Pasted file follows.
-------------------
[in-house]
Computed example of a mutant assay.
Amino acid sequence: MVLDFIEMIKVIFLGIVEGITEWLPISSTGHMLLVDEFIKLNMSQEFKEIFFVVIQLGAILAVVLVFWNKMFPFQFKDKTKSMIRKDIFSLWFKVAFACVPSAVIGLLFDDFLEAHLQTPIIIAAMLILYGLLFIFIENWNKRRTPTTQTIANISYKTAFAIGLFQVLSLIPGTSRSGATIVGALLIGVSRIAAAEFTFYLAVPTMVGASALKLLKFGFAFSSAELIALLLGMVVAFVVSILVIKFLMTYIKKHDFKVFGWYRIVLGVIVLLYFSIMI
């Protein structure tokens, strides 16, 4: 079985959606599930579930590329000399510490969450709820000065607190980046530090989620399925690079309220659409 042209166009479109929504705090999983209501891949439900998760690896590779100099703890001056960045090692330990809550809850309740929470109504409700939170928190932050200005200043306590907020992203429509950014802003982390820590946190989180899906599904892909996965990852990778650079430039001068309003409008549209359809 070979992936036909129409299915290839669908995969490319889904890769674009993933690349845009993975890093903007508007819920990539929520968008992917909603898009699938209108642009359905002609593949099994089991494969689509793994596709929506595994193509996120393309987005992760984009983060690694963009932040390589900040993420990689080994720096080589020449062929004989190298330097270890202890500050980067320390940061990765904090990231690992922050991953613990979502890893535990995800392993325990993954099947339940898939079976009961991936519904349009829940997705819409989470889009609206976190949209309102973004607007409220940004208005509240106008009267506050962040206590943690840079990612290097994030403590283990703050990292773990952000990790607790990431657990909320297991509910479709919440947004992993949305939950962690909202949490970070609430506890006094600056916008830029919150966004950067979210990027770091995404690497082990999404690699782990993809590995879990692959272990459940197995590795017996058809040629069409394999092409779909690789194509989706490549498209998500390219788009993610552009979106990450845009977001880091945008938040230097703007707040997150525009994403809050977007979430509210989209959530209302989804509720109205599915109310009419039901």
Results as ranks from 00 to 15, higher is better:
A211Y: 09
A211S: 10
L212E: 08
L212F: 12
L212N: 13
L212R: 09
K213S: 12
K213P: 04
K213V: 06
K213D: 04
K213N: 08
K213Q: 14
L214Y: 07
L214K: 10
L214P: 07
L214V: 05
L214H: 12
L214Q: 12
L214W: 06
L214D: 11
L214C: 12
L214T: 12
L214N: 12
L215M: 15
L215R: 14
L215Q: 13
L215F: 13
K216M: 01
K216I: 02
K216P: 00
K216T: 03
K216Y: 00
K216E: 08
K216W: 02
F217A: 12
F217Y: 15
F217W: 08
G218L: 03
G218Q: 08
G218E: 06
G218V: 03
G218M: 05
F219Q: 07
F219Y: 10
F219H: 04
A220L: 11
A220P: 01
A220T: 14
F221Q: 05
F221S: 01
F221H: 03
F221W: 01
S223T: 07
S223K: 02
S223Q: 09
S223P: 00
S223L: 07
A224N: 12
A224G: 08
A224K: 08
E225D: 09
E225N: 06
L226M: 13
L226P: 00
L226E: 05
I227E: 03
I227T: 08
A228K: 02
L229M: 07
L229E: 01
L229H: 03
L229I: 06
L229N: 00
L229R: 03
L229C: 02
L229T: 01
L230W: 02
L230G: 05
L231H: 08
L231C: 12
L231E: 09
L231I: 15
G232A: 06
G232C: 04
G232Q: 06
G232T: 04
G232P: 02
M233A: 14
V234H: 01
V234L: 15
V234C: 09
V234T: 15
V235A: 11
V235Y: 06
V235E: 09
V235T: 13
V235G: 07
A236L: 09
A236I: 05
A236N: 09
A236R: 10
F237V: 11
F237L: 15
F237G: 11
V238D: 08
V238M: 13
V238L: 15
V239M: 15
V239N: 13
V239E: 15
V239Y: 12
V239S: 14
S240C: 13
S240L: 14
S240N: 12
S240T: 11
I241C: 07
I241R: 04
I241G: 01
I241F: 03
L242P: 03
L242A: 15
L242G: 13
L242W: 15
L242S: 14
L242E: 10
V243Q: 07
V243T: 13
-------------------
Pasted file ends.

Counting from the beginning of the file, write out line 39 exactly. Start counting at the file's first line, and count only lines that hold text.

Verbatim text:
K216W: 02